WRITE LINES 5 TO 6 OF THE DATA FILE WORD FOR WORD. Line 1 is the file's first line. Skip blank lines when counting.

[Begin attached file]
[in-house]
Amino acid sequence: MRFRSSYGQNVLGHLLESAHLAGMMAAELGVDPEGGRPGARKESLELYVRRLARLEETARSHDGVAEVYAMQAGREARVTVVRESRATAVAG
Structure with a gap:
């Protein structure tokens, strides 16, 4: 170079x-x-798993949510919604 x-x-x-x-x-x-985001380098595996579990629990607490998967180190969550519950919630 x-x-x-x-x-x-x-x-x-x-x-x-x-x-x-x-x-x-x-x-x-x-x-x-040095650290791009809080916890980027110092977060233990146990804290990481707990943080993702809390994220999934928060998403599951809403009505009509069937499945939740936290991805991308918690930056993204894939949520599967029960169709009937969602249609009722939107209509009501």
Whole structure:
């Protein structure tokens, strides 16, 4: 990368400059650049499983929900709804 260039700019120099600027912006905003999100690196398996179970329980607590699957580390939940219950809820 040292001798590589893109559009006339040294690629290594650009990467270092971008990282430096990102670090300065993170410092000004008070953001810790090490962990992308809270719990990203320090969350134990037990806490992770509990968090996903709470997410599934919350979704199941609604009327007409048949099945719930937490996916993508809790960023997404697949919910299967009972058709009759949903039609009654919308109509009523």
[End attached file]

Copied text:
Whole structure:
């Protein structure tokens, strides 16, 4: 990368400059650049499983929900709804 260039700019120099600027912006905003999100690196398996179970329980607590699957580390939940219950809820 040292001798590589893109559009006339040294690629290594650009990467270092971008990282430096990102670090300065993170410092000004008070953001810790090490962990992308809270719990990203320090969350134990037990806490992770509990968090996903709470997410599934919350979704199941609604009327007409048949099945719930937490996916993508809790960023997404697949919910299967009972058709009759949903039609009654919308109509009523």